Robson is right -- under Scalia's standing tests, which he has led the Court to adopt, this idiot who is suing has to prove (1) that she was injured by the UT policy, (2) the injury must be concrete and specific to her, and (3) that the court's ruling would remedy her injury.

Scalia has used this logic to deny all kinds of parties access to the court for feeling that their rights were violated, and especially to keep environmental plaintiffs from getting to court on the grounds that they can't prove they are in imminent or actual danger of being harmed by the threatened loss of the environment.

How in the fuck can this idiot prove that BUT FOR affirmative action, SHE would have been admitted, much less that if they strike down the policy, she would be let in?

Answer: She can't. The case should be dismissed for lack of standing.

by Anonymousreply 110/10/2012

Abolish racial quotas so that UC becomes 100% asian!

by Anonymousreply 210/10/2012

Against affirmative action = idiotic, drunken white ex-frat boys (i.e. Rick Perry and his ilk) pissed off that somewhat with darker skin color and more intelligence may get ahead and ruin their white men's sense of entitlement.

by Anonymousreply 310/10/2012

Good point R2.

BTW, our president would possibly not be where he is without it. He was chosen for his high school based on their need for racial diversity. I didn't know this until I saw it on Frontline last night.

You would think he would speak about this, but maybe he figures it won't get knocked down.

I think a few racist rednecks need to realize that schools don't only accept students based on grades and test scores. Even if affirmative action is knocked down, I would venture to guess most schools worth attending would keep some kind of guideline in place to ensure racial diversity. I wouldn't want to attend a school that was all "this" or all "that".

by Anonymousreply 410/10/2012

[quote]BTW, our president would possibly not be where he is without it.

Obviously he was promoted above his ability.

by Anonymousreply 510/10/2012

Not only that r3, but people who'd force the fratboys to work for a living.

by Anonymousreply 610/10/2012

Back in the 90s, the New Yorker did an article on college admissions and talked about Harvard and its "Jewish" problem.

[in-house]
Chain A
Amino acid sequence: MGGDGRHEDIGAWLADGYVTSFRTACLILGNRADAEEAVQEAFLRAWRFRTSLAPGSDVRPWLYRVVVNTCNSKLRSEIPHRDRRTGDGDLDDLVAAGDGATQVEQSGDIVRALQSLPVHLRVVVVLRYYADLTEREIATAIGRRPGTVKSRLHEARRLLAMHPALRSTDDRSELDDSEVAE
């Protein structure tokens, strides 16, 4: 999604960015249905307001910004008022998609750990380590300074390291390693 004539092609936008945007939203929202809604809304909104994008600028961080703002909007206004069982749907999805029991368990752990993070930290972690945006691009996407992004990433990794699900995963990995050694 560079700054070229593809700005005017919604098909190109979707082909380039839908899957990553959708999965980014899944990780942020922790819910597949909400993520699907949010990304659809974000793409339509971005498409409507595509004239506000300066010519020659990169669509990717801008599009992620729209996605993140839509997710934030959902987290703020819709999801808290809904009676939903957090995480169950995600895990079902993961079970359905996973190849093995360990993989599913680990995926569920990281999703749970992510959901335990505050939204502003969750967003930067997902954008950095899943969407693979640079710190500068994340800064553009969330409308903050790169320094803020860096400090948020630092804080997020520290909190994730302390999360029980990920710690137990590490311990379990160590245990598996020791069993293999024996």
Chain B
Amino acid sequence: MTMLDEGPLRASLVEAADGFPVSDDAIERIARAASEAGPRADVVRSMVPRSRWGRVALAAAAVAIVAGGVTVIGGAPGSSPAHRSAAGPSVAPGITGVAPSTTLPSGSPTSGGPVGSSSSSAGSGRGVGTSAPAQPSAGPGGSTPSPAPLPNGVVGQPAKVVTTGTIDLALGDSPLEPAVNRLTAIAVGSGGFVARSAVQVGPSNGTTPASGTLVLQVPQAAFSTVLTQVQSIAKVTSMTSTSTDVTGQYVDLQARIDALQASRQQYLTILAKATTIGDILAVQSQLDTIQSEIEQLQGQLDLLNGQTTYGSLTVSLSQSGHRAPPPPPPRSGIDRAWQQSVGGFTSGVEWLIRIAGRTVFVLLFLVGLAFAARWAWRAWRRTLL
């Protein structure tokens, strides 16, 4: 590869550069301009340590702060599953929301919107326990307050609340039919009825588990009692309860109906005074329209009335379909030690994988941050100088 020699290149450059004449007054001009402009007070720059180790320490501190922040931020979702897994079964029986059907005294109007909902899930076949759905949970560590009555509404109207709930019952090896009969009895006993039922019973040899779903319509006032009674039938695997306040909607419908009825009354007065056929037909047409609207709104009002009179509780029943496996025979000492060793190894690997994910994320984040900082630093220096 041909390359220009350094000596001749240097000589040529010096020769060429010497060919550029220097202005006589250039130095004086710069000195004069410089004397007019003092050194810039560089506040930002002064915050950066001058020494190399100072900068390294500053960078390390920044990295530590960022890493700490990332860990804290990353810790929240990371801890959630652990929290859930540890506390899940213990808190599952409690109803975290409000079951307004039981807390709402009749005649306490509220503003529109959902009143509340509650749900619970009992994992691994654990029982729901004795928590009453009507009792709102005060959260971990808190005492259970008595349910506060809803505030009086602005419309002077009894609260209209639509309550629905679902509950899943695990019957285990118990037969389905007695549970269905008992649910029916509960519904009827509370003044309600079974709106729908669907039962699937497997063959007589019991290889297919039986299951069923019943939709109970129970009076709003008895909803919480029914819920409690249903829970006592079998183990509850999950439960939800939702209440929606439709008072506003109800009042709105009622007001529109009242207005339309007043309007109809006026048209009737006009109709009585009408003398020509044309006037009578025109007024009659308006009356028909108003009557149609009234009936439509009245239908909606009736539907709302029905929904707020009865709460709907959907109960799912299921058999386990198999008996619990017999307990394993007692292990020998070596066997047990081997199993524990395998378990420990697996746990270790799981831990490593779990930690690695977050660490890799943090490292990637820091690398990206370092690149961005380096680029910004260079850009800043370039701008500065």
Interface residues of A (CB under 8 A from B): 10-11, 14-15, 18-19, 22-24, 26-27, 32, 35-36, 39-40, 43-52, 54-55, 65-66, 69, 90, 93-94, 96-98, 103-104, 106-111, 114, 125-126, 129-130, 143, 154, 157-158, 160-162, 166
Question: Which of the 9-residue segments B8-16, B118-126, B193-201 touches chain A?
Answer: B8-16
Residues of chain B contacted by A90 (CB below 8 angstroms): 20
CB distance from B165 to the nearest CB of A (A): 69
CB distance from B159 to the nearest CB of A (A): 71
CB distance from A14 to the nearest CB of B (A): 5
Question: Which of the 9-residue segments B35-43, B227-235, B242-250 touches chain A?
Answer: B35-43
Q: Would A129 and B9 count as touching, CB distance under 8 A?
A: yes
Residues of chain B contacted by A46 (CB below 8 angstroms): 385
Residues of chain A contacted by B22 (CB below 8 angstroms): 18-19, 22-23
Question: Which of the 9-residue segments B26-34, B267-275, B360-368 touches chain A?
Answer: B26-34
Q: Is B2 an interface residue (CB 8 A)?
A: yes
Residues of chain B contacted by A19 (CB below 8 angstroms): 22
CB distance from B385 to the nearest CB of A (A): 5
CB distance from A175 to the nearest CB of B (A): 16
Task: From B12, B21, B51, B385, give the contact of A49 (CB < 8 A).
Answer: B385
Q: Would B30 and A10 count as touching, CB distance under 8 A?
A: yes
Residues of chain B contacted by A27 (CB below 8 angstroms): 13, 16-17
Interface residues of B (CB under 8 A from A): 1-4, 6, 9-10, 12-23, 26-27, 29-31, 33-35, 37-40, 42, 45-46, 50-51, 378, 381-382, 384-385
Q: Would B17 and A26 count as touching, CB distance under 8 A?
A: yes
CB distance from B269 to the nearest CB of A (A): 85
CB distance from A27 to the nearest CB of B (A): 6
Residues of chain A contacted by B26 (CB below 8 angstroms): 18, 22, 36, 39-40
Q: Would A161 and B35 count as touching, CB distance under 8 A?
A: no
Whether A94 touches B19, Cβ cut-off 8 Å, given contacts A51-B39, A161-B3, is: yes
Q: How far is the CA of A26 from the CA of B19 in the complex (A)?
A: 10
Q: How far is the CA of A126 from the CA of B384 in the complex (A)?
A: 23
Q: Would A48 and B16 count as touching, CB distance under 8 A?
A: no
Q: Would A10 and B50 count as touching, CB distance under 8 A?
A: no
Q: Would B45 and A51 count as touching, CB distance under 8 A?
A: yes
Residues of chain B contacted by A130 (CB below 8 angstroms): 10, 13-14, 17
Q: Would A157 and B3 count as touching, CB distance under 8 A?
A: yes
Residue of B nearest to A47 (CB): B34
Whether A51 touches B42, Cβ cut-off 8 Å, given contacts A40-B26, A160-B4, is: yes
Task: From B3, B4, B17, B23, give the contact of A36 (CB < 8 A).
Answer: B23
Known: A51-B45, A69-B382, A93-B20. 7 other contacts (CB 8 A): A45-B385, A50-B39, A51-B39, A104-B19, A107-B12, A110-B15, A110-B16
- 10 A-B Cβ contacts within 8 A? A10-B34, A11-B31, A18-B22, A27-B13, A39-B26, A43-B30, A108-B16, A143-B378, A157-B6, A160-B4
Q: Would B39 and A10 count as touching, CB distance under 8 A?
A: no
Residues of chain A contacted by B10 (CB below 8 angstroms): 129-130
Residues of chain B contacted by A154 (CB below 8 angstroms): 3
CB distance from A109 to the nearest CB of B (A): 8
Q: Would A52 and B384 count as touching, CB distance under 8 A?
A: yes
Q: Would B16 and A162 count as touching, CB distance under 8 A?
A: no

From that, we got standardized tests (which the Jewish kids learned to finesse) so then was added all the volunteering, etc, to make a canditate more "interesting" instead of just a grub.

With all the applicants, there was a problem when ambition was stronger than intelligence, and it seems to be ten time worse now with the 21st Century and its focus on "Brand."

by Anonymousreply 710/10/2012

WTF does that mean, R5? I believe he graduated from that high school, went to college, on to Harvard where he became the first black editor of the Harvard Law Review.

Christ, are you retarded?

If he dropped out of that school, you could make the statement. You don't make any sense.

by Anonymousreply 810/10/2012

R8, relax please. The post was signed "Mittens".

by Anonymousreply 910/10/2012

Scalia is a asshole

by Anonymousreply 1010/10/2012

So I just saw... I could believe someone saying it though.

by Anonymousreply 1110/10/2012

I think it is time that AA be allowed to retire. It was never meant to be a permanent solution to racial disparity in higher education. Our demographics have changed and the once dominant white population are in the minority. People of all race are afforded the same opportunity. It is what you do with the opportunity that enables you to succeed.

by Anonymousreply 1210/10/2012

Everyone should be treated fairly.

by Anonymousreply 1310/10/2012

This is not news at all, let alone breaking news, just because you just found out about it.

by Anonymousreply 1410/10/2012

Based on the story in the NYT on Monday, I thought the girl sounded whiny and a spoil sport. She blames affirmative action on her not having a good career.

She's an idiot.

by Anonymousreply 1610/10/2012

If it was about poverty/economic chances then why weren't white kids from a poverty-stricken environment considered. Color isn't the only detriment.

by Anonymousreply 1710/10/2012

[quote] pissed off that somewhat with darker skin color and more intelligence


by Anonymousreply 1810/10/2012

I think AA should be kept because it has done wonders for state and city governments. Everything at the state and city level runs so much more smoothly and efficiently than when it did when white people were in charge of everything.

by Anonymousreply 1910/10/2012

R2, are you a lawyer? Interesting application of the "but for" test if you're not. Btw I'm sure Scalia can find a way to twist his standing test in the plaintiff's favor, since there is ZERO chance he's not voting to overrule Grutter.

R12, we don't *have* true AA anymore in schools. UT's approach is race-neutral; they simply accept the top 10% of every high school in the state. This, correspondingly, lets kids from schools that are predominantly white AND non-white to attend, without ever directly taking their race into account.

OP, as pointed out, this is not "breaking news." The Court decided to hear this case last spring. As for its likely result, I'm betting on a 4-4 tie.

by Anonymousreply 2010/10/2012

Weren't minorities given extra points on the SATs or something?

Obama said it best -- AA should be poverty vs. richest. The richest go to the front of the line all the time. Bush Jr., I'm looking at you!

by Anonymousreply 2110/10/2012

[quote]we don't *have* true AA anymore in schools. UT's approach is race-neutral; they simply accept the top 10% of every high school in the state. This, correspondingly, lets kids from schools that are predominantly white AND non-white to attend, without ever directly taking their race into account.

This is not about UT. It has wider implications. The time has come to end AA.

by Anonymousreply 2210/11/2012

But racial profiling can be Good!

by Anonymousreply 2310/11/2012

They will do whatever they have to to ensure that wealthy whites are no longer discriminated against.

by Anonymousreply 2410/11/2012